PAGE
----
Penny Serenade

1941

Penny Serenade

Critics Consensus

No consensus yet.

93%

TOMATOMETER

Total Count: 15

75%

Audience Score

User Ratings: 5,205
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Penny Serenade Photos

Movie Info

While listening to a recording of "Penny Serenade," Julie Gardiner Adams (Irene Dunne) begins reflecting on her past. She recalls her near-impulsive marriage to newspaper reporter Roger Adams (Cary Grant), which begins on a deliriously happy note but turns out to be fraught with tragedy. While honeymooning in Japan, Julie and Roger are trapped in the 1923 earthquake, which results in her miscarriage and subsequent incapability to bear children. Upon their return to America, Roger becomes editor of a small-town newspaper, just scraping by financially. Despite their depleted resources, Julie and Roger want desperately to adopt a child. It seems hopeless until kindly adoption agency head Miss Oliver (Beulah Bondi) helps smooth their path. Alas, their happiness is once more short-lived: their new daughter, Trina (Eva Lee Kuney), succumbs to a sudden illness at the age of six. Reduced to hopelessness, Julie and Roger decide to dissolve their marriage, but Miss Oliver once more comes to the rescue. Sentimental in the extreme, Penny Serenade is also enormously effective, balancing moments of heartbreaking pathos with uproarious laughter. Only director George Stevens could have handled a scene with a copiously weeping Cary Grant without inducing discomfort or embarrassment in the audience. Since lapsing into the public domain in 1968 (though released by Columbia, the film was owned by Stevens' production firm), Penny Serenade has become almost as ubiquitous a cable-TV presence as It's a Wonderful Life.

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Cast

Cary Grant
as Roger Adams
Irene Dunne
as Julie Gardiner Adams
Edgar Buchanan
as Applejack Carney
Ann Doran
as Dotty "Dot"
Beulah Bondi
as Miss Oliver
Eva Lee Kuney
as Trina age 6
Leonard Willey
as Dr. Hartley
Baby Biffle
as Trina age 1
Edmund Elton
as Minister
Billy Bevan
as McDougal
Nee Wong Jr.
as Sung Chong
Adrian Morris
as Bill Collector
Beryl Vaughn
as Flower Girl
John Tyrrell
as Press Operator
Iris Han
as Ohanna-San
Otto Han
as Sam the Cook
Ben Taggart
as Policeman
Frank Moran
as Cab Driver
Lynton Brent
as Reporter
Al Seymour
as Bootlegger
Edward Peil Sr.
as Train Conductor
Eddie Laughton
as Cab Driver
Doris Herbert
as Minister's Wife
Lani Lee
as Chinese Waitress
Rollin Moriyama
as Rickshaw Boy
Ben Kumagai
as Rickshaw Boy
Henry Dixon
as Old Printer
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Critic Reviews for Penny Serenade

All Critics (15) | Top Critics (4)

Audience Reviews for Penny Serenade

  • Feb 04, 2014
    A weeper. It is interesting to see Cary Grant in very uncomfortable situations. It veers too much into the soap opera realm but is nonetheless a good afternoon film.
    John B Super Reviewer
  • Apr 10, 2013
    Love, marriage, and parenthood, all the bittersweet magnificence of life is on display in "Penny Serenade", a sentimental little film from 1941. Cary Grant and Irene Dunne star as the lovers who, as the movie opens, seem doomed to separate. As she's packing to leave her husband, she finds a box of old records and begins to listen to them. Each record is tied to a specific place and time in her mind, unlocking memories that show a relationship unfold as the movie progresses. The song she was playing at the record store where she worked when they first met or the song that reminded her of the time they spent living in Japan, each is a poignant little chapter in the lives of these two people. But why is she leaving her husband? The answer reveals itself slowly and tragically. It's said that the human body is simply a vehicle for genes needing to replicate (Agent Scully, X-Files, season 4, episode 2), so the suggestion is that a body unable to reproduce might lose its purpose. If I can find any fault in "Penny Serenade", it's that the ending is wrapped up a little too neatly and perhaps a little too callously. There are some things in life you can't just kiss and make better. There are some losses that can't be cooled with an ice cream cone on the ride home. Dunne and Grant both deliver career-highlight performances (Grant was in fact, nominated for an Oscar), and maybe the ending was an audience appeasement. After all, when we've invested so much emotion into the characters, it would be cruel not to give some light at the end of the tunnel.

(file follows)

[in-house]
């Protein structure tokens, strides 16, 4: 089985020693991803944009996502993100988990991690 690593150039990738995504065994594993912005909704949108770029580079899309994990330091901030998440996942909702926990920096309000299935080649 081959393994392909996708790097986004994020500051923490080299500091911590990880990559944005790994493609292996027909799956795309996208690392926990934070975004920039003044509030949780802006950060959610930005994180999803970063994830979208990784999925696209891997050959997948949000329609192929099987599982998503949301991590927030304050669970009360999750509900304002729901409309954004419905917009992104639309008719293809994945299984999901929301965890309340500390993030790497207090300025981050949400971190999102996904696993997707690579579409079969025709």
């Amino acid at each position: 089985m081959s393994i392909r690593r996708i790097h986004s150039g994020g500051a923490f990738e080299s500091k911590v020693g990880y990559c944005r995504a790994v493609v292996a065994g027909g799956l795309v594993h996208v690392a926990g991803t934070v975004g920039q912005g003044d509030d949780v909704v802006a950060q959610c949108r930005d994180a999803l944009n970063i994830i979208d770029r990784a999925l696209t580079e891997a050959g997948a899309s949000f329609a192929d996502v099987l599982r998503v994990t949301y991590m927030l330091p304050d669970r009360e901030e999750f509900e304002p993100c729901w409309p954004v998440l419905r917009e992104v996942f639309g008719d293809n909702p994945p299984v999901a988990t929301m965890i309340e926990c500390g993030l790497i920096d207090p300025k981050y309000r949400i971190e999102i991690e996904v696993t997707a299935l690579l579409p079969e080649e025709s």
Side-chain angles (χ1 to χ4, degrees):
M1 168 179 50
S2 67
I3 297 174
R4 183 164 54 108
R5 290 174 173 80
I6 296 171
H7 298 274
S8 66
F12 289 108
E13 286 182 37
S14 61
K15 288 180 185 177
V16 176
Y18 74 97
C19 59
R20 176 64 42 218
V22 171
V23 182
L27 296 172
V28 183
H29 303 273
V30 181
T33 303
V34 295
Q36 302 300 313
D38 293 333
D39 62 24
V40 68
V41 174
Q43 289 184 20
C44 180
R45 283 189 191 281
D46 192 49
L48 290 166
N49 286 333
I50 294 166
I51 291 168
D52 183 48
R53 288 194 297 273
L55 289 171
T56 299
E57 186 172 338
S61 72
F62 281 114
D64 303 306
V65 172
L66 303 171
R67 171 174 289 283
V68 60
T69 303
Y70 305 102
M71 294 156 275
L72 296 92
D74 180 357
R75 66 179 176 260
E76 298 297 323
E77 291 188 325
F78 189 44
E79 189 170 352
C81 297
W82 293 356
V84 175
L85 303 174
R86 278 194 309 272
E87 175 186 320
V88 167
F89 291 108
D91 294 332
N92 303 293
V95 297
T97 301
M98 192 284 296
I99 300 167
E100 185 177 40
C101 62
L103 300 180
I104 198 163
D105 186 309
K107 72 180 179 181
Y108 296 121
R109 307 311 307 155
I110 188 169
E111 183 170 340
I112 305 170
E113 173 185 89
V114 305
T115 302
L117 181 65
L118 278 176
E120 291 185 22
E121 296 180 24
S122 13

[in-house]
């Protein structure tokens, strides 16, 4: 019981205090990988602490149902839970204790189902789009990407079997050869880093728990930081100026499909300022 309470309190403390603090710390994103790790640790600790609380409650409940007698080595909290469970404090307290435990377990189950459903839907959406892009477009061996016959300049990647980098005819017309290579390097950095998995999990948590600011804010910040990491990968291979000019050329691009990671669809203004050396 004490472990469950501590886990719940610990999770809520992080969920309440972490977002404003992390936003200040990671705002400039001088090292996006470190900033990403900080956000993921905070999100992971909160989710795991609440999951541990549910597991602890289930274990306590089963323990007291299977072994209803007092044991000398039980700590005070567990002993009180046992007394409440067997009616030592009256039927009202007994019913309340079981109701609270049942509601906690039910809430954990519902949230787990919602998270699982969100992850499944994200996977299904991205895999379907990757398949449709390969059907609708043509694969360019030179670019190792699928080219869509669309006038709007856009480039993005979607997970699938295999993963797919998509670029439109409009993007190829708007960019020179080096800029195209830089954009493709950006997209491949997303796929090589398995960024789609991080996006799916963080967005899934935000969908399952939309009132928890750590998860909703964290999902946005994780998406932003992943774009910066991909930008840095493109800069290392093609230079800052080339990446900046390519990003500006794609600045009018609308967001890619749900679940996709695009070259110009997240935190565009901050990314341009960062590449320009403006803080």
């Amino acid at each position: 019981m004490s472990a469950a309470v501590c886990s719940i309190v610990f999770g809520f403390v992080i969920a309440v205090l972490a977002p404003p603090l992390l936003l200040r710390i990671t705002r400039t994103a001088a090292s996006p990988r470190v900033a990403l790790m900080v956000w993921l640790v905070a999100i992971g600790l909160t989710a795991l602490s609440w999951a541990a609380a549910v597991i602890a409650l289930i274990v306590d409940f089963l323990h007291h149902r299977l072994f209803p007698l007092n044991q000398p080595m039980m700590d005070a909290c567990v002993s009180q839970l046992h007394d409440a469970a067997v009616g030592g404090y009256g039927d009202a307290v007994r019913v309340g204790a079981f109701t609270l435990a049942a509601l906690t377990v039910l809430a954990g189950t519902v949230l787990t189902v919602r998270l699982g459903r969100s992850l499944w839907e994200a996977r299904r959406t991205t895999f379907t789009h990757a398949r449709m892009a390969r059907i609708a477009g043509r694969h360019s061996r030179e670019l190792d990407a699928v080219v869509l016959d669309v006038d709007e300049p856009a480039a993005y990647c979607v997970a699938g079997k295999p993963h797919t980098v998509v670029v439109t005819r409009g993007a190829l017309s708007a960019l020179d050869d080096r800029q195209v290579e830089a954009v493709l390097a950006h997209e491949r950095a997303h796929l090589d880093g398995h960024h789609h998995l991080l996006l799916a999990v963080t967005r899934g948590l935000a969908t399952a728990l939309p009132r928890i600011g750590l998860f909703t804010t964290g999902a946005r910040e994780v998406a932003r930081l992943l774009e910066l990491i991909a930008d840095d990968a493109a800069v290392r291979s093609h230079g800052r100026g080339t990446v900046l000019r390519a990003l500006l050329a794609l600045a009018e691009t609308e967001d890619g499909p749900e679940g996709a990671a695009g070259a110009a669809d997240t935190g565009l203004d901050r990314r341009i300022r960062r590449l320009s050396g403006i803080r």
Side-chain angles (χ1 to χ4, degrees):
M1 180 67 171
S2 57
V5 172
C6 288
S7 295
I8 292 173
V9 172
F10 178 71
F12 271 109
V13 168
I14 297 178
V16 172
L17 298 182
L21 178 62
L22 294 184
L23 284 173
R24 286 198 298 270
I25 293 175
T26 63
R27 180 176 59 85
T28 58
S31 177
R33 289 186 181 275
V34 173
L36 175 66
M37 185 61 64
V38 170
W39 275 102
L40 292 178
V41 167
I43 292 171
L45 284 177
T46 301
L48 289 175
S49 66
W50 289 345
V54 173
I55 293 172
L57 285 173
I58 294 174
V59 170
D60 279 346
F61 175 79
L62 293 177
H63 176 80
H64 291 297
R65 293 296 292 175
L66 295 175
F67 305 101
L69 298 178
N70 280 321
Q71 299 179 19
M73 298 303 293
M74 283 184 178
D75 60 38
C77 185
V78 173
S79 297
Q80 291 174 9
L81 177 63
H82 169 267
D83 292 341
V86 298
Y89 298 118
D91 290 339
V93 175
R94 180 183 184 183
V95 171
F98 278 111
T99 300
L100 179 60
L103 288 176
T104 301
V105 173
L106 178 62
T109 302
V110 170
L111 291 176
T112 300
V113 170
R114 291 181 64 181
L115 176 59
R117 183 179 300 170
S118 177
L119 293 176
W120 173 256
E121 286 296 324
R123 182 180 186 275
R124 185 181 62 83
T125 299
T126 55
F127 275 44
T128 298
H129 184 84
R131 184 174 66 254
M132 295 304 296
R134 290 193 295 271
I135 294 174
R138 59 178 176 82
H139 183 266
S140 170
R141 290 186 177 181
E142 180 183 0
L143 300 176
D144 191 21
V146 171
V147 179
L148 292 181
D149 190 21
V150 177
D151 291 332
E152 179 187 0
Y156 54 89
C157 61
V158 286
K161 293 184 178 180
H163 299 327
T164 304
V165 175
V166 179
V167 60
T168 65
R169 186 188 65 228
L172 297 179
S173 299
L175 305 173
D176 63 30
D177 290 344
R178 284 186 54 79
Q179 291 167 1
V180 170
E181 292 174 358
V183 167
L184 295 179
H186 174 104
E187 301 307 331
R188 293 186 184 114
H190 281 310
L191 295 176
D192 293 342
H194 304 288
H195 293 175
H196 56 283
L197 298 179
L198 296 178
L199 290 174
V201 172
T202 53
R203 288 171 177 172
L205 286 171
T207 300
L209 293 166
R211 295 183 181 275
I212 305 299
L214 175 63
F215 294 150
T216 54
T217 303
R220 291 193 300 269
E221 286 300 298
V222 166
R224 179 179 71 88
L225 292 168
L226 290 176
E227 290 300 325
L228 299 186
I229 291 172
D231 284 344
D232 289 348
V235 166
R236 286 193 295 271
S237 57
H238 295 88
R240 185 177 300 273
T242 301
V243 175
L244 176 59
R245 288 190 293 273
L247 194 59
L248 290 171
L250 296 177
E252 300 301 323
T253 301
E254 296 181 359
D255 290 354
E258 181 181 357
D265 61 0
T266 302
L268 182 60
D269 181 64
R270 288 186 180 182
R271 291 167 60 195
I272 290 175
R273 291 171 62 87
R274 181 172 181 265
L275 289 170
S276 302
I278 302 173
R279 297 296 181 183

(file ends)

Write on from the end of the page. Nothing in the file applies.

Devon B Super Reviewer
  • Sep 05, 2010
    This is a very sentimental, sappy, but realistic drama of a young couple. It's good, but I'm not a big fan of the film, although I loved Grant in it.
    Aj V Super Reviewer
  • Jun 23, 2010
    Such a sad-y! My biggest problem with this film was the time passage in records. Cutting back to Irene Dunne and all she did was change records, circle into "a few years" later deal and it got old. There are better ways to tell passage of time. That aside, Cary Grant's cracking voice in the courtroom teared me up. The man is such an acting god.
    Jennifer D Super Reviewer

Penny Serenade Quotes

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